Skip to main content

Market commentary May 2006

By May 2, 2006No Comments
SUMMARY. The commodity charts look worryingly like those for technology shares in 1999. Risks are rising. It is time to re-acquaint ourselves with investment basics, and the potential for sharp falls in higher risk investments.
Two interesting signals over the last month, tending to point us in the same direction.

China announced a rise in interest rates.  On its own it won’t slow down the Chinese economy much if at all, but it illustrates a clear intention on the part of the Chinese authorities to slow lending and investment spending in overheated sectors of the economy.  Wall Street wobbled, though has now regained its poise.

In the US, the Federal Reserve, in the guise of Ben Bernanke, surprised markets when he inferred that US rates would peak this month at 5%.  The textbooks say that bonds should respond positively to such news – they haven’t.  That is because the bond market thinks there is a good chance that Bernanke has got it wrong, that the US economy is continuing to improve, and that this will require even higher interest rates later in 2006.  Only time will tell who is correct

Both events indicate that risks are rising for investors.  Where last time we suggested that the seeds of market weakness are being sown, perhaps they are now beginning to germinate.

Last month we were very clear on the extent of the potential weakness in the UK, but it is much higher elsewhere.  The rise in some commodity prices has been parabolic, silver being a superb example, the asset for gamblers who can’t find enough excitement in gold.  Supply and demand for industrial metals obviously has a key impact on these prices, but it remains reasonably clear that speculation is the driver for recent moves into the stratosphere.  There might not be the mass participation that we regard as a key element of a true bubble, but if you lay a chart of industrial metals over one for the NASDAQ (representing technology) at the turn of the millennium, it is worrying.  The NASDAQ subsequently lost 78% of its value.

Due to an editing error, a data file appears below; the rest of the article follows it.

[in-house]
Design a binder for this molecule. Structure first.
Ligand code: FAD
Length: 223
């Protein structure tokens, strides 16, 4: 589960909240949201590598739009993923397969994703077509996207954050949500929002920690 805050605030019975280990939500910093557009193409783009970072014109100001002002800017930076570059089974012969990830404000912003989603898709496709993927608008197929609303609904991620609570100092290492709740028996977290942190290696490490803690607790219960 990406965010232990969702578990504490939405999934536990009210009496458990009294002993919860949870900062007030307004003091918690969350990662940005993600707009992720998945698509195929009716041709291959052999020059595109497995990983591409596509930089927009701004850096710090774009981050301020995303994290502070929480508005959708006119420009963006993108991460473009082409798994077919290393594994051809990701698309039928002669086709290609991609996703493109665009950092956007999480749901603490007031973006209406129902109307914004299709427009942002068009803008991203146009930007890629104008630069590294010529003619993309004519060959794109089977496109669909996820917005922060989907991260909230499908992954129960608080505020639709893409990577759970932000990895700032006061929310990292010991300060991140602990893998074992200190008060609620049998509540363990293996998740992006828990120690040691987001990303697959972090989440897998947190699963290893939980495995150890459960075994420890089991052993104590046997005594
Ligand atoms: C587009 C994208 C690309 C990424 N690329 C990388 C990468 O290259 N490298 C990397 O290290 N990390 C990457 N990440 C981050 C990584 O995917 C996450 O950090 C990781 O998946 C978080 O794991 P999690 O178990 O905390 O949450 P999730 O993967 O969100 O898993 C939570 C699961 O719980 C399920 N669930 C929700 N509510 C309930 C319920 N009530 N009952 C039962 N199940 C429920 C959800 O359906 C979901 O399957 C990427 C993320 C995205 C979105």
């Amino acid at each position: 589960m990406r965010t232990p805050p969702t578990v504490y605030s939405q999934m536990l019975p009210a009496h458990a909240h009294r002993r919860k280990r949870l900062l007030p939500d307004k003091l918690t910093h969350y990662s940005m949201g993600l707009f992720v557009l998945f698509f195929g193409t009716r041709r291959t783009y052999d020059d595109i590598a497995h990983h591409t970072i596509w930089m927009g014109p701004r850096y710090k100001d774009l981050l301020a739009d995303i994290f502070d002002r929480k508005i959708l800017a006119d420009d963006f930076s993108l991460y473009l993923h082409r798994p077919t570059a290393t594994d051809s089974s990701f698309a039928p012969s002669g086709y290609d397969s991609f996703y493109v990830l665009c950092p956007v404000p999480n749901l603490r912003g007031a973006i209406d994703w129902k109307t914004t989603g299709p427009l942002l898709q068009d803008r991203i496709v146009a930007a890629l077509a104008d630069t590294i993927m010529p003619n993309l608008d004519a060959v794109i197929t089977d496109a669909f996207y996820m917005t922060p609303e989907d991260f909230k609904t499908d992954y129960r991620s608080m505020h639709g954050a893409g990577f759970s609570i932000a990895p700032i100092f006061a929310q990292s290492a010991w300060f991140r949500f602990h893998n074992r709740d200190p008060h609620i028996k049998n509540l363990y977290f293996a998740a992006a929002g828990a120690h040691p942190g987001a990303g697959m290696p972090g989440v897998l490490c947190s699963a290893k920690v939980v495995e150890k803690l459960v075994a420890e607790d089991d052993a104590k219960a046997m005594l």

The greatest impact of a commodity price collapse will probably be felt in emerging market equities.  This will create a superb opportunity to build weightings in this area, where the long term picture is compelling (see January commentary), but before that point existing investors in these higher risk asset classes should re-acquaint themselves with investment basics.  The prospect of higher than deposit account returns arises because you are taking a risk with your capital.  The higher the prospective, and actual returns, the greater are the risks.  In higher risk asset classes (e.g. commodities and emerging markets) you must assume that occasional years of 100%+ returns will be balanced by others with 50%+ losses.  You never get poor by banking a profit.

Dennehy Wealth